Wildlife Services, from M44s to scared-to-death cows
The cyanide spraying device, called an M-44, first came to the attention of most Pocatellans over a year ago when one was accidentally triggered by Canyon Mansfield behind his home in the hills east of town. His dog died and he was sickened by the poison.
The device was meant to kill coyotes. The idea is that some coyote might wander by, sense the device’s bait, pull on it, and suddenly be enveloped by a cloud of cyanide.
What could go wrong? Especially when it is placed near a home with no notice of its existence given.
Dogs, fox, bears, raccoons, wolves, badgers, and other animals, plus people have been killed or harmed by M-44s or their predecessor killing gadgets. They are set by Wildlife Services, an obscure federal agency that for years has serviced wildlife in a way similar to how a bomber services its target.
Wildlife Services is part of APHIS (the Animal and Plant Health Inspection Service) and APHIS is part of the U.S. Department of Agriculture. I called Wildlife Services “obscure.” I mean obscure to the average American. If you are a stockgrower in the West, you will probably know Wildlife Services well. They have been your friend for killing “bad” wildlife for generations.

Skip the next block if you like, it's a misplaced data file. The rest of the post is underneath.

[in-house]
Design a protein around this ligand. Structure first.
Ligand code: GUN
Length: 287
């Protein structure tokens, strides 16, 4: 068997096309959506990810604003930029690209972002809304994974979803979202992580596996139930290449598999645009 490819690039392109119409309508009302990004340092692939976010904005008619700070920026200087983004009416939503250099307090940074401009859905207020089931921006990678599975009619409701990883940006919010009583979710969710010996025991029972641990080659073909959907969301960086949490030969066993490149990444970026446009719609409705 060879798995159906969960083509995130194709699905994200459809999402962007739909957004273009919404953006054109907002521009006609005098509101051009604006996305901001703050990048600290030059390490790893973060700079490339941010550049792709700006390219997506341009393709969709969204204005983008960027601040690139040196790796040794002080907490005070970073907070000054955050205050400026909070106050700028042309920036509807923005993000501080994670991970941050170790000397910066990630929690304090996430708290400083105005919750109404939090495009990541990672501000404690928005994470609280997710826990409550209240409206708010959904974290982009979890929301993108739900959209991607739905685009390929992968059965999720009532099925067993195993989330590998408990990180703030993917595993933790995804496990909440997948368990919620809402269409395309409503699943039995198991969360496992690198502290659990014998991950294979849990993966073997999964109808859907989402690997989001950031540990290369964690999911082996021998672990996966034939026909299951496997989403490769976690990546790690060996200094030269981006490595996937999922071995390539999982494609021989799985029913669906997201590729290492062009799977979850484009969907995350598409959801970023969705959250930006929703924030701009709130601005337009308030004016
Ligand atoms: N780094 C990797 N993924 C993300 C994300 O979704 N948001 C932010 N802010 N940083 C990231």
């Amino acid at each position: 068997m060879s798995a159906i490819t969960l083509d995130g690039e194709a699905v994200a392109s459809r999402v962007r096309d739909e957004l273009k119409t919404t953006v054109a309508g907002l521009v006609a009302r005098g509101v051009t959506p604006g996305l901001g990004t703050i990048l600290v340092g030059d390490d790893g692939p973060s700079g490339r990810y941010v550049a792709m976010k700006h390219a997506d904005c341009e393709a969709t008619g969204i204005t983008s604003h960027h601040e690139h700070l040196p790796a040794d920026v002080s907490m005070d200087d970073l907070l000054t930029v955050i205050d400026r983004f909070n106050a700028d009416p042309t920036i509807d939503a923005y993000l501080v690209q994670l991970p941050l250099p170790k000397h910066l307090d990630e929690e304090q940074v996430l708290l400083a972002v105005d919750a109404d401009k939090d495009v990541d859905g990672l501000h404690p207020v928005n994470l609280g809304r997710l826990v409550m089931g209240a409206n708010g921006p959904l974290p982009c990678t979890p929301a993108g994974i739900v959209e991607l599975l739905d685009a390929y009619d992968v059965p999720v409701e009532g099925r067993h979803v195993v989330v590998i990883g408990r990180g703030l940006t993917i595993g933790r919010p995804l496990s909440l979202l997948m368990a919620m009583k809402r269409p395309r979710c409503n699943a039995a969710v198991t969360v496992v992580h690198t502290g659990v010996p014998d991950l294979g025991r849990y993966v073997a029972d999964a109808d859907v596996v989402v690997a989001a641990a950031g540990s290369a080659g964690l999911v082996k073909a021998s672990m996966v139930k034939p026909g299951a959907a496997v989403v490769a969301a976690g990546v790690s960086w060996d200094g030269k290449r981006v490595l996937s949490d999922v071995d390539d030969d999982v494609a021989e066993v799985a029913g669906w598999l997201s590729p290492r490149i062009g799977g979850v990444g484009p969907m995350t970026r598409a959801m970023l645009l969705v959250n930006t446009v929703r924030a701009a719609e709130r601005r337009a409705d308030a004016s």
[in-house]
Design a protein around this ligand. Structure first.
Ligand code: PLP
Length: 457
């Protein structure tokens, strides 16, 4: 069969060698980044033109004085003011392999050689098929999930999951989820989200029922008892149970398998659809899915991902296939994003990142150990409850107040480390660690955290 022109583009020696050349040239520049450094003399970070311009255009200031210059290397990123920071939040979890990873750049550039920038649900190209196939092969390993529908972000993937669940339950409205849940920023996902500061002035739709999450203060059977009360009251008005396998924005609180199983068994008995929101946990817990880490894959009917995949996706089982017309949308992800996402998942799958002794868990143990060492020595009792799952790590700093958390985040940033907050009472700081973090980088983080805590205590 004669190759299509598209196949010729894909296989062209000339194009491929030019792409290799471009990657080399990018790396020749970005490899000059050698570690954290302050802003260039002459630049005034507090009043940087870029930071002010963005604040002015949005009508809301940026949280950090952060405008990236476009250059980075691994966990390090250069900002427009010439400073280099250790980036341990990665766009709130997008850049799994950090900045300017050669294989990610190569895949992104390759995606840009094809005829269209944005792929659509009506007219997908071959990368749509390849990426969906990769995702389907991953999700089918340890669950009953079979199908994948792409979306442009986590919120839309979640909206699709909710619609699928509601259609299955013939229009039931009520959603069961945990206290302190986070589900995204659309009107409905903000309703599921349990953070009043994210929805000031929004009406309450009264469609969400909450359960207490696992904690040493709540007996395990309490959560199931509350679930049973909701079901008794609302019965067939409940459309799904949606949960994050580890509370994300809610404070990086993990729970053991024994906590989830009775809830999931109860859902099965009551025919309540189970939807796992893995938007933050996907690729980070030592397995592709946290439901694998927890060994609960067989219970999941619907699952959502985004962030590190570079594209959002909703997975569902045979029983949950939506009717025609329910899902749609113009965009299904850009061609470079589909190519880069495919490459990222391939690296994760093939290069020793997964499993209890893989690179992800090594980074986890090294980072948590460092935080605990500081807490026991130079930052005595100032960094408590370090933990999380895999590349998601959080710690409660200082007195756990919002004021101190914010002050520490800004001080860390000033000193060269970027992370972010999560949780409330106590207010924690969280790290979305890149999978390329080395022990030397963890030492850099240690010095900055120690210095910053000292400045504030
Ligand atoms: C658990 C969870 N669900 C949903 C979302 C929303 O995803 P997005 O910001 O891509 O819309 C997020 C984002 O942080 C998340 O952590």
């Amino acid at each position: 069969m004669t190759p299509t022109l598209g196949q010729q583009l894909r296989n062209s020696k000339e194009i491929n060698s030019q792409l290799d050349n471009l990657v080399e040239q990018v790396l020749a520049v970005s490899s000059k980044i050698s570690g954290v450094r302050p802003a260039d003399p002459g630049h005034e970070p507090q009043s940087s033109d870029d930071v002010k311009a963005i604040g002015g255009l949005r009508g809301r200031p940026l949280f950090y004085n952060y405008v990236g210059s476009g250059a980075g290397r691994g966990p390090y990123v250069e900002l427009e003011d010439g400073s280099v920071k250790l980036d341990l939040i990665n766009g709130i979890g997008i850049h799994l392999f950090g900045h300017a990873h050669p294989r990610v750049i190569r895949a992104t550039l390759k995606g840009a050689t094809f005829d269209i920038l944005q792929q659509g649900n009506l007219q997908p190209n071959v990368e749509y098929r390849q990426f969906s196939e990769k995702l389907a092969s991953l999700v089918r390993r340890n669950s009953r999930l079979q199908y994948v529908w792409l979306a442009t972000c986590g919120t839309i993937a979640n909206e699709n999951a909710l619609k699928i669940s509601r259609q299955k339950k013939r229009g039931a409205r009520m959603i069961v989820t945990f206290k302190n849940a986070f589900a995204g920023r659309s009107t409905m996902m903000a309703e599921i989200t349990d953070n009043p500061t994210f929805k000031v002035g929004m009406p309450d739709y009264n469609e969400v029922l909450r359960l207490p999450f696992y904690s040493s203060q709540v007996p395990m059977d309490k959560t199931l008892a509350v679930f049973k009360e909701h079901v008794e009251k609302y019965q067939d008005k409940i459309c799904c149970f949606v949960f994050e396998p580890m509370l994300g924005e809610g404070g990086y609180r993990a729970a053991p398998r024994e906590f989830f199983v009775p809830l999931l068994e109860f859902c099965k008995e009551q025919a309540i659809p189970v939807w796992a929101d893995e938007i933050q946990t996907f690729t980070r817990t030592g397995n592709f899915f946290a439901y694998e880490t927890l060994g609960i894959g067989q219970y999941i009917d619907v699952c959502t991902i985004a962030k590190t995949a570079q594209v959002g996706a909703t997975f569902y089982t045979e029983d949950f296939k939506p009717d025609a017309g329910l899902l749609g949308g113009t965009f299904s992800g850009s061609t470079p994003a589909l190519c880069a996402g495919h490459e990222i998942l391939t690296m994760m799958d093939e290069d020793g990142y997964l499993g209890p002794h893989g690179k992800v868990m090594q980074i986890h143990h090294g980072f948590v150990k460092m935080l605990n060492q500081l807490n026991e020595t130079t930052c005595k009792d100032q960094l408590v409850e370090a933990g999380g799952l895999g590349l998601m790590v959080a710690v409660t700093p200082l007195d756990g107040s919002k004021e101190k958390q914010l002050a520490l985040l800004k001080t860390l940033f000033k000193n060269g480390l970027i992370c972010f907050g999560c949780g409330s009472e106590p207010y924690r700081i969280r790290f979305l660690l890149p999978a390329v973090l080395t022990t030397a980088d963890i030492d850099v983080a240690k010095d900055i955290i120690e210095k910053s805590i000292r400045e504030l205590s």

Wildlife Services was formerly named Animal Damage Control (ADC). Before that, beginning 100 years ago, it was named Predatory Animal and Rodent Control (PARC). The current name is just camouflage for an old killer.
For many years the agency’s biggest tool was poison. As we have recently seen, poison is still used but now there are many restrictions
on its use. At the present, M44s are used in just a few states.
It was different in the past. Wildlife Service’s predecessors spread strychnine poisoned meat and oats across the countryside in an effort to kill wolves, coyotes, fox, eagles, hawks, crows, ravens, magpies, rodents, badgers, raccoons, bears, and others for good measure. Their general motivation was to uphold the idea once held by most stockgrowers that if it moves and isn’t livestock, it is better off dead.
The populations of many carnivores declined greatly in the West as result of this idea and the methods employed (mostly poison). Wolves were made extinct in the lower 48 states (except Minnesota) with poison, not with traps or guns.